If there’s no one in your life who you feel you can spend time with, life can feel very lonely. If you’re feeling this way, please know this phase in your life will pass. Often working on self-love and exploring your spirituality can make a big difference in strengthening existing bonds with people and inviting new friendships. 

“I always build myself up about talking to someone, worrying about oversharing or being a burden. But it always feels like a relief in the end. The words just come out. The pressure releases and I feel lighter afterwards.”

“Venting helps me deal with stuff going on. Sometimes you need someone to remind you you’re not crazy for feeling this way, or to tell you a different perspective.”

8. Freshen up your living space

Freshening up your living space with deep clean or a lick of paint can really make a difference to your mood and sense of wellbeing. It can also help mentally signal a fresh start. This doesn’t have to be expensive, you could rearrange your furniture, print some posters, add some cheap pot plants, or maybe some colourful cushions or a cosy throw for your sofa. 

You may have things in your living space that have difficult memories attached to them – perhaps it’s time to make space for new memories by having a clear out? It’s always good to get rid of unnecessary clutter. 

Organise your things so that you have easy access to the things that make you feel better.

“If you can see your yoga mat you’re so much more likely to use it. Visual reminders are very helpful for me, as well as an organised space.” 

9. Go deeper within

Sometimes the way we are feeling or behaving has a lot to do with the events that formed us when we were growing up and shaped our view of ourselves and the world. It’s not always easy to figure out why we struggle with certain things that other people don’t; like relationships, controlling our anger, keeping an exercise routine, getting out of bed in the morning…

We’re not all wired the same and sometimes a walk in the park and 20mins of yoga is simply not going to be enough to make you feel better. Knowing even a little bit more about yourself can be empowering and make a big difference to knowing how to care for yourself better. 

The best way to figure out what’s going on in your mind is often with the help of a therapist. You can speak to your doctor to find out what services are locally available to you. But if you are unable to access therapy right now, don’t worry, there are loads of very helpful psychology and self-help books/podcasts/videos that you might find helpful. Check out these Muslim-friendly suggestions.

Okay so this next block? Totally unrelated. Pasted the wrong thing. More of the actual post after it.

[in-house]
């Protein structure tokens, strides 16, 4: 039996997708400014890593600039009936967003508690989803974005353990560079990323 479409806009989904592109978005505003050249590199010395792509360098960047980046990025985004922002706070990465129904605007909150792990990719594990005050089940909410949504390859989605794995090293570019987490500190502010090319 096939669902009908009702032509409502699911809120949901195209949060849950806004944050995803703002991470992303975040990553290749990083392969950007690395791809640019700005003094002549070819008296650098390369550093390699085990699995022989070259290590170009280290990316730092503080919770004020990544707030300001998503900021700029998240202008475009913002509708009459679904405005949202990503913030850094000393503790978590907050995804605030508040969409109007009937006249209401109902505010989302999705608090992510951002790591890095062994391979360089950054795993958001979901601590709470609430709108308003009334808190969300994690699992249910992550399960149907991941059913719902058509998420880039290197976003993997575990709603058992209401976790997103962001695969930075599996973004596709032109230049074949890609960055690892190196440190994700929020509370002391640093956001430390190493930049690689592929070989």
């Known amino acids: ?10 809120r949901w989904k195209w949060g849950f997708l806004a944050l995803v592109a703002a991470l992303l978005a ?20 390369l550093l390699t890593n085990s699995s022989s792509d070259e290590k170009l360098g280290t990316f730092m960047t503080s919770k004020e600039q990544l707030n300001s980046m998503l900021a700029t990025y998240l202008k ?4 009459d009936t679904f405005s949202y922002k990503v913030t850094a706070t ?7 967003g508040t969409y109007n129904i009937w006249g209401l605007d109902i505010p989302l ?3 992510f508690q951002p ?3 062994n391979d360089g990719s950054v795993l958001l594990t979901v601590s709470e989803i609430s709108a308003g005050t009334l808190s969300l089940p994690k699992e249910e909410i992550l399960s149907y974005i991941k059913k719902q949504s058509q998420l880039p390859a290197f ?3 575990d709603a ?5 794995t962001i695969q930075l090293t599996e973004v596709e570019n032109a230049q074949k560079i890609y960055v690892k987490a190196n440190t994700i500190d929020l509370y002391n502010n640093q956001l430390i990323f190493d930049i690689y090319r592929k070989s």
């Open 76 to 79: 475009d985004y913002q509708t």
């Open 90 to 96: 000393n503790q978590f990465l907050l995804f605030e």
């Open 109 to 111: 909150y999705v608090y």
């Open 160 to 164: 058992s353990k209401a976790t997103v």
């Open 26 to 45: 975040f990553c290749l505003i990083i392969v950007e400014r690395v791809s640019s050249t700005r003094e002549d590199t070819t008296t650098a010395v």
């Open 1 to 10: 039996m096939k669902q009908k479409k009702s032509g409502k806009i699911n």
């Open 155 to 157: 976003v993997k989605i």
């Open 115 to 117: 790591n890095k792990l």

“I felt like as a guy it was not ok to be emotional or get affected by things that have happened to me. But I needed help. I didn’t know where to start so I just started with my school counsellor and she helped me take it from there.” 

“I wish I had reached out for help sooner. I wish I’d told someone how I was feeling and the things I’d gone through. I wasted nearly 10 years in misery and suffering. Talking saved my life. Therapy changed my life. Self-care made me connect to life again. I’m begging you, please don’t make my mistake and suffer in silence. Feeling better was a long process, but it was so worth it.”  

10. Let yourself recharge properly

You are allowed to rest. And you should.

When we haven’t eaten or slept properly or had any time to attend to our own needs, even when nothing significant is going on in our lives it can cause low mood, conflict in relationships, increased stress, health problems and feelings of resentment and anger. This doesn’t feel great, and it doesn’t always make us the easiest to be around.

Rest doesn’t necessarily meaning lying in bed all day, but it can mean doing things just for you – simply for the purposes of unwinding, de-stressing and giving yourself a break from the daily grind.